Child Development 169: Motivating Children and Adolescents in Educational Settings
TIME OF CLASS: Monday, Wednesday, & Friday, 11:30-12:20 PLACE: Sweeney Hall #434
First class meeting: January 22 (Wed.) Last class meeting: May 14 (Wed.)
Instructor will be out of town for a conference: 03/31-04/04.
Info about Instructor, Teaching Assistants, & Office Hours
INSTRUCTOR: Eugene Matusov, Ph. D.
For more info about the Instructor see Eugene Matusov's Home Web Page
Office: Sweeney Hall #to be announced Phone: to be announced e-mail: email@example.com
Office hours: by appointment, Mondays
Overview: The core 5 questions
The course examines how the issues of motivation have been addressed and studied in theoretical and empirical works in developmental psychology. We are going to discuss social, individual, cultural, and institutional motivational processes across different educational settings. The course is designed to encourage participants (i.e., each student and the instructor) to engage in critical thinking and discussions concerning motivation in understanding human development.
In examining the issues of motivation in human development, the course focuses on several topics: these include educational practice and philosophy, childhood and adolescence, culture, gender, types of motivation, and physical and mental handicaps. While discussing a variety of theoretical approaches, we specifically examine in depth a sociocultural approach on motivation. We will examine the theories and research on these topics using the following five core questions:
Each student is expected to participate as a responsible member of the class who is willing to contribute to one's own as well as others' learning. The course involves extensive discussion and small group activities based on the readings and several films. Individuals and/or groups will work on and present projects during the quarter.
Active participation in class and web discussions and small group activities is crucial for learning in this course. Class participation also includes playing active roles in creating a supportive atmosphere in which every participant's learning will be fostered. This involves both building on or disagreeing with arguments made by others.
First week's assignment
Description of your interests. (1 single-spaced page, max.; DUE 10/4 Fri. via class Web)
Describe the reason you are taking the course and what you would like to get out of it. The following questions may guide your writing. Everyone should include the first question in your response. However, you may choose whether you want to respond to the remaining questions listed or to include other issues as you wish.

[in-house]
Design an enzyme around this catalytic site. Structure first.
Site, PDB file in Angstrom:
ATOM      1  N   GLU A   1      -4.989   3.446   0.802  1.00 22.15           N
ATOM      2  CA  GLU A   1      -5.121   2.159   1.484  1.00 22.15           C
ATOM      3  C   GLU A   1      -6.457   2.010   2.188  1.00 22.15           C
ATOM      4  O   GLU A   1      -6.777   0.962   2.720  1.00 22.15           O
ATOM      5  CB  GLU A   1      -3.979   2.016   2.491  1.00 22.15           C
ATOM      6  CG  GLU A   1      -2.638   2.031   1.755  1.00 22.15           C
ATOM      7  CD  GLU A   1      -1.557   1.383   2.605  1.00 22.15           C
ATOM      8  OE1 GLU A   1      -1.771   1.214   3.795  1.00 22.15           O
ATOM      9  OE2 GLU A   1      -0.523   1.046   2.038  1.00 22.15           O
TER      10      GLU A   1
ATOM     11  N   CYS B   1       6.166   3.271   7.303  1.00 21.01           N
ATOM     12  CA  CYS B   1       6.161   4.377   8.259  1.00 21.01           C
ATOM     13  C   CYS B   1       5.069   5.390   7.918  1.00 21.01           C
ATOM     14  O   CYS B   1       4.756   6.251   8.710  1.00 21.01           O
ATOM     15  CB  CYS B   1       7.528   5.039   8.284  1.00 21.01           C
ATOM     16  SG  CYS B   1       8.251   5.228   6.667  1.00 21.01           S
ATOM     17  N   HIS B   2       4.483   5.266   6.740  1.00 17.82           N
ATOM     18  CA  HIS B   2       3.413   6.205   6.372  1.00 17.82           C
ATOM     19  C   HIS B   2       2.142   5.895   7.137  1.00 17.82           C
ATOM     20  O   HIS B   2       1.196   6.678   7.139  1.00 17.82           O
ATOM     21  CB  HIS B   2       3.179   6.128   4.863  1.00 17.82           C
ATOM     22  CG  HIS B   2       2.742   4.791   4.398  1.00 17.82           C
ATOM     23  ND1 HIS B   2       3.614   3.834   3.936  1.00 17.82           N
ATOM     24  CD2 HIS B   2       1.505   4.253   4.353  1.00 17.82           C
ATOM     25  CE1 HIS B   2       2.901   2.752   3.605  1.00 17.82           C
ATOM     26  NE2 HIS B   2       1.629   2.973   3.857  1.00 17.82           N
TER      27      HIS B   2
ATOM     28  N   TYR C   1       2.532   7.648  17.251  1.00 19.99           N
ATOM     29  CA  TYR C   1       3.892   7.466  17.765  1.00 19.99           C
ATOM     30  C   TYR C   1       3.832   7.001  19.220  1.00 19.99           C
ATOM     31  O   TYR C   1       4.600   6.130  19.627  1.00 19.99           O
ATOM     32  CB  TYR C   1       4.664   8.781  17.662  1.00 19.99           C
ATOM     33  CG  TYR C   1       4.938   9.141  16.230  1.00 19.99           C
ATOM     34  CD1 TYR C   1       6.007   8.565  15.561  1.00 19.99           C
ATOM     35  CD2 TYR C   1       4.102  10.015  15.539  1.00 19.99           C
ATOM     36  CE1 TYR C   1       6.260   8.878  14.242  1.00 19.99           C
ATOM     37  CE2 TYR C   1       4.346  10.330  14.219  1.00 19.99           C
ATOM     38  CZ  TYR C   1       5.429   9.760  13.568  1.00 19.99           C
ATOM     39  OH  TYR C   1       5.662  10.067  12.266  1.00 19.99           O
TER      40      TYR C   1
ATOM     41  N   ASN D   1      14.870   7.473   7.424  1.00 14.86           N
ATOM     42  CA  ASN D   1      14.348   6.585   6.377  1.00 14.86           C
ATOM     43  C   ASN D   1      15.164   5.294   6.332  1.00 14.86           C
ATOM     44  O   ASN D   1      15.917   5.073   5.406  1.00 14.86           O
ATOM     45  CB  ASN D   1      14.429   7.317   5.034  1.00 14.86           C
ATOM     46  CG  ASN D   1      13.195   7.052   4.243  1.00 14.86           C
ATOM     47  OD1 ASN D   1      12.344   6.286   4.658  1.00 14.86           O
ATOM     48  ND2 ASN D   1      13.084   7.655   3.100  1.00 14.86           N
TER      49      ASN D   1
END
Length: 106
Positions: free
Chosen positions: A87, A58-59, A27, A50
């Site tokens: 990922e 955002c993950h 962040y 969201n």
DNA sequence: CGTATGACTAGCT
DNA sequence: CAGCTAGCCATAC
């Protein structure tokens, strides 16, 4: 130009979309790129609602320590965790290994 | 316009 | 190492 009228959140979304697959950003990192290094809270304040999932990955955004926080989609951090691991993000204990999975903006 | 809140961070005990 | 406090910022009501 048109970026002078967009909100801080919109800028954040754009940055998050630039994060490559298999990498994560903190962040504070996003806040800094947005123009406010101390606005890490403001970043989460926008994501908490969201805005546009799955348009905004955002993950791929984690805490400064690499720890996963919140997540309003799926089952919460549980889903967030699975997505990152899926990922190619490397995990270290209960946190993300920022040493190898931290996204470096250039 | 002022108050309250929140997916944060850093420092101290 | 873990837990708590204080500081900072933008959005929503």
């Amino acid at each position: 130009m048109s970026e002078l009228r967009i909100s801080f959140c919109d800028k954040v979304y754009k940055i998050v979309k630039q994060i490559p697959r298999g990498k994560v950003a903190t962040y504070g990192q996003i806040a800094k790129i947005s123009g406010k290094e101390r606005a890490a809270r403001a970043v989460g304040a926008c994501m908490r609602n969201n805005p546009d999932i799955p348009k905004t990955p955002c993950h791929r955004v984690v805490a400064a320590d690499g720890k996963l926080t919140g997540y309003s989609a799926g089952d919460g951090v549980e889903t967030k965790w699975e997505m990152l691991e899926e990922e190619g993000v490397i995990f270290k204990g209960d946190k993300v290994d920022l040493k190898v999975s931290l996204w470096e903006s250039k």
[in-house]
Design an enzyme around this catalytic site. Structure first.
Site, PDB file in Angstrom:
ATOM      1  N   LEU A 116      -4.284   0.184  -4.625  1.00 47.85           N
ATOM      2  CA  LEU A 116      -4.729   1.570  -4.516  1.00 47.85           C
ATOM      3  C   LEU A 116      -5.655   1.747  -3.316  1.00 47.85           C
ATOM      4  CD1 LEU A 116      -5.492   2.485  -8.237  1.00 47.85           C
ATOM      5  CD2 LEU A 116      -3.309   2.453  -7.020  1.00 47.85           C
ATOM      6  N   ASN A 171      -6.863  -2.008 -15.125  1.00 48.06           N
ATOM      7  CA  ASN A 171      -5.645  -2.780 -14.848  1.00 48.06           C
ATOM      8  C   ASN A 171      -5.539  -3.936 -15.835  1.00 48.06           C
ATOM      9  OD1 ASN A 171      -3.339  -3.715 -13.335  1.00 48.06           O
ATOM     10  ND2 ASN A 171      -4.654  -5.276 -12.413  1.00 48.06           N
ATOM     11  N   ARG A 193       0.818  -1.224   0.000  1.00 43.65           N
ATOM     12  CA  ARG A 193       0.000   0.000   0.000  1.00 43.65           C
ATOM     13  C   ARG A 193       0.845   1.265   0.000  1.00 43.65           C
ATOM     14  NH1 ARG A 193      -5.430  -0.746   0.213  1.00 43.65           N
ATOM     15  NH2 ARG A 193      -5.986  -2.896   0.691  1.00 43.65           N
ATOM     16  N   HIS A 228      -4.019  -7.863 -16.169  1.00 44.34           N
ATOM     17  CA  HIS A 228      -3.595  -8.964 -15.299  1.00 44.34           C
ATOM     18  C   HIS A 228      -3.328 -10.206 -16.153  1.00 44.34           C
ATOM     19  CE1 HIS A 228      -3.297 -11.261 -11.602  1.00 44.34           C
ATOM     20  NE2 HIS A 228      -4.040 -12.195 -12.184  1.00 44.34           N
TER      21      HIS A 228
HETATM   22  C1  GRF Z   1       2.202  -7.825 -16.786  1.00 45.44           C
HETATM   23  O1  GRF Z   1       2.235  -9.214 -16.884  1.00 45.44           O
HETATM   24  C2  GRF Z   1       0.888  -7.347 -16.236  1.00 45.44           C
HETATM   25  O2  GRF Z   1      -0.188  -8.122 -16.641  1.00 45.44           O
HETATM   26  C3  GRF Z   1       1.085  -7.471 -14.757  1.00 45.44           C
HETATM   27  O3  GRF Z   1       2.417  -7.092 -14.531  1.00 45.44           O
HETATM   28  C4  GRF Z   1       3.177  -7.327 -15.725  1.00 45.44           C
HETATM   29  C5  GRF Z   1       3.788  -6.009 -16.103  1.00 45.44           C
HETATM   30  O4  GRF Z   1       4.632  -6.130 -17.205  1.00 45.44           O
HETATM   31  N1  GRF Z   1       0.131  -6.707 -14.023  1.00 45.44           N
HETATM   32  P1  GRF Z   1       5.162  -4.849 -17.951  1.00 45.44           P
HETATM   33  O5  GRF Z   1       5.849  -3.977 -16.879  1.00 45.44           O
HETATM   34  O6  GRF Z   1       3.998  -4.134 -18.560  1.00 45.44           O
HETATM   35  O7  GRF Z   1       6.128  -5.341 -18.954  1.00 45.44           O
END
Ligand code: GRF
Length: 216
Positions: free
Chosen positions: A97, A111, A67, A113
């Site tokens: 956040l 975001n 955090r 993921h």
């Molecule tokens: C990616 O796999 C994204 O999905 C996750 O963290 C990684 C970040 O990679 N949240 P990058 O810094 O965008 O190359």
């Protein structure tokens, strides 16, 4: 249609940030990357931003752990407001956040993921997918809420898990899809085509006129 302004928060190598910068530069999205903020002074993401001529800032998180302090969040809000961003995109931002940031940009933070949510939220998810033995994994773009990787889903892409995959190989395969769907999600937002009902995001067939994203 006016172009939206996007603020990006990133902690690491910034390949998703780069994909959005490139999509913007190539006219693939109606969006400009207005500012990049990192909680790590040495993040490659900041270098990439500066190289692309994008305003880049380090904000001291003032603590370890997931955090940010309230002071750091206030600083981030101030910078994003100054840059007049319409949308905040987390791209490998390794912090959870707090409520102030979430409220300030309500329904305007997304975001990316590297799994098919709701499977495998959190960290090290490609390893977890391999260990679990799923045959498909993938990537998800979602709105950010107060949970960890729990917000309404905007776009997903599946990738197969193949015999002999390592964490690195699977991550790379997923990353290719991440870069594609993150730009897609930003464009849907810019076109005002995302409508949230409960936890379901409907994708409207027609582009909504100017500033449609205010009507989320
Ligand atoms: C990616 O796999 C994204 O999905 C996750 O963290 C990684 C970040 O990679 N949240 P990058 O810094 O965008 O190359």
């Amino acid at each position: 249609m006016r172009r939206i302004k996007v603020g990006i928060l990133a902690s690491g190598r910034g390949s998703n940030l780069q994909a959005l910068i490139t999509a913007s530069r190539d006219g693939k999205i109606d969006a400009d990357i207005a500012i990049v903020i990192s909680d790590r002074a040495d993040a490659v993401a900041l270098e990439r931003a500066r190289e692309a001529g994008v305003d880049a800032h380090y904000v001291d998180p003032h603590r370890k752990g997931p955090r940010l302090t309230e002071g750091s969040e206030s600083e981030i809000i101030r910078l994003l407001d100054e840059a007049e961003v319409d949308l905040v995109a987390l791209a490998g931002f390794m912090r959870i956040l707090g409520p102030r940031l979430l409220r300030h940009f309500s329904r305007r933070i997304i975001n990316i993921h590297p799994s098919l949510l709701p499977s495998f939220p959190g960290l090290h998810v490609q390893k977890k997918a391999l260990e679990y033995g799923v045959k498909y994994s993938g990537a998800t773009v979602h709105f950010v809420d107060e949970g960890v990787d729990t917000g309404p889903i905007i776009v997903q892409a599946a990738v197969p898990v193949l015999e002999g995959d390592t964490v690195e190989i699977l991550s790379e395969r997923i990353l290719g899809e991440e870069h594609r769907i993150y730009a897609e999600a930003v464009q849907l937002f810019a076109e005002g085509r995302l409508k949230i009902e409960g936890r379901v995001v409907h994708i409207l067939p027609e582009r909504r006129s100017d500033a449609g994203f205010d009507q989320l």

The purpose of the assignment is to facilitate your thinking about your expectations, learning needs, and demands for the course in order to make your own learning more meaningful and self-directive and to make the class more productive for everybody. The assignment also will help to make and design your final evaluation (see Purposes & Expectations: Participating in development of the class evaluation Web page that may help you to think through the issues).
Make Description of my interests the subject of your message on the Web.
Participation in our class Web discussions
I expect you to read all the messages and contribute a minimum of three messages per week (which can involve messages of various lengths on a subject initiated by you or replies to somebody else's messages class announcements and replies to them do NOT count). The Web discussion will be based on readings, class discussions, your questions, your experiences, your comments, and my guiding questions for readings (provided in the reader collection of the assigned papers). I know that some of you may feel uncomfortable exposing your thinking to the entire class but students from my previous classes found it was fun after a couple of weeks. Don't worry about spelling think only about communicating your ideas. Nobody judges or grades your web contributions.
We expect you to read the minimal readings indicated in the parentheses in the reading list.
Because we do not expect you to read all assigned papers (although you are welcome to read all of them), we are going to discuss reading in the three following phases in class:
Four copies of each assigned paper are available at the Reserve Book Room at the Library (you can borrow a paper for 2 hours).
While reading the papers, I would like you to focus on how the readings relate to your life experience, your interests, and future career.
Please, let me know if the order and the content of the topics meet your needs, so I can adjust them as we go and/or change for the next time I teach this class (see Purposes & Expectations: Reading the assigned literature).